Kurland: New Arizona bill could allow employers to pay working students less

The Republican majority in the Arizona House of Representatives, with all 31 votes, passed a bill to allow businesses to pay working students nearly $4 an hour less than the state’s minimum wage.

This piece of legislation should anger every voter in the state.

Eric Kurland

Whether you have a child less than 20 years-old trying to pay their way through college or you are one of the 1.4 million who voted to raise the wage back in 2016, this is an equal opportunity agitator.

Arizona deserves better! I campaigned long and hard to be elected in LD23 and I never heard a constituent say that our kids were making too much money. I did hear that our education system is grossly underfunded.

People spoke passionately about community colleges being zeroed out of the budget and 4-year degrees being questioned as to if they were worth going deep into debt. Which leads me to believe that the elected GOP aren’t out there listening to their constituents. If they were, boy oh boy would they get an earful of questions.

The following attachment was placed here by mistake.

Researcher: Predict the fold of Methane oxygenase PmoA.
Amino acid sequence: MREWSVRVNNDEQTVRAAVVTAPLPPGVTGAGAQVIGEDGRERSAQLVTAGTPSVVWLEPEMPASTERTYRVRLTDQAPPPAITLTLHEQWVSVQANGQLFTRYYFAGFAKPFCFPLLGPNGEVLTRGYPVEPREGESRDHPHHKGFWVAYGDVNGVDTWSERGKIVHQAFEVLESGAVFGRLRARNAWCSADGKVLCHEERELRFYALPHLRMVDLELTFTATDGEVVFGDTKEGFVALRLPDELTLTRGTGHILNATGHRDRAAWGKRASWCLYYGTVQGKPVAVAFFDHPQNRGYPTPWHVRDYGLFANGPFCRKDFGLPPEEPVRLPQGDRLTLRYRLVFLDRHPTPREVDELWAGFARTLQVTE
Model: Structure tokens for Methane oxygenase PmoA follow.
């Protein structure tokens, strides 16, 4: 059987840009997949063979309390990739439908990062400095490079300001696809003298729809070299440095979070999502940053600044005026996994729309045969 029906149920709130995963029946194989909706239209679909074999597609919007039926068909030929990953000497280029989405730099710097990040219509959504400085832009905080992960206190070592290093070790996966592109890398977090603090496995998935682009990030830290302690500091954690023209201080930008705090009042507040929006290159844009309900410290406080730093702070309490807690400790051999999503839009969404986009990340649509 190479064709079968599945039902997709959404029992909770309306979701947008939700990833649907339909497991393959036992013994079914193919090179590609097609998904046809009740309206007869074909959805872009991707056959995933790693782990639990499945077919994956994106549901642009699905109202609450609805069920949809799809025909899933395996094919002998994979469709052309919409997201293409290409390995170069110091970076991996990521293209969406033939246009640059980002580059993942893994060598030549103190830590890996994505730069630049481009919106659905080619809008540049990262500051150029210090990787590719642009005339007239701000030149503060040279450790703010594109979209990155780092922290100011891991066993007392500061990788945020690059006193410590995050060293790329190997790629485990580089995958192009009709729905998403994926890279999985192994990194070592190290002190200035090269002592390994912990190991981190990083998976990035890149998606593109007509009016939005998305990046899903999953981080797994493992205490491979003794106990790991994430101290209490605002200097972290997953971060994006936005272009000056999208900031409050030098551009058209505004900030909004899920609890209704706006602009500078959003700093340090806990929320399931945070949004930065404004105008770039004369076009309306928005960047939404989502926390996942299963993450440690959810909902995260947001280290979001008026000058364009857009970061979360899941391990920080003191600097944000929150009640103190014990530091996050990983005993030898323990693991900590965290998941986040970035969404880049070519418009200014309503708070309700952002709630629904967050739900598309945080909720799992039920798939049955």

Such as… How can you pass a piece of legislation that the House lawyer, and every legal scholar, has said is unconstitutional? Why should a 19-year-old employee not seeking higher education be guaranteed $12 an hour while the same kid attending Arizona State University receive $7.25?

Will you now have to show a class schedule on a job application? Continuing, why should a child who is part time at school be mandated 33 percent more in wages than if she were enrolled fulltime? Will the 28 year-old single mom be chosen for a job over a kid who is 19 when they would be required to earn $4 more?

Will students choose to go part time to college so they can get paid more? Don’t we want degrees finished in four years?

This is personal for my family. My high school senior will be heading off to college next year. Luckily, he has a grade point average that allows for his tuition to be covered by scholarship, but that still leaves some $15,000 in yearly expenses.

His mom and dad are both teachers so the majority of that will be on him. His question now becomes a decision between $60,000 of debt or to work his way through six years of school. Which leads me to a final question; at what point will people start voting for the best candidate and stop voting for the letter after their last name?

Editor’s Note: Eric Kurland is a Scottsdale resident.

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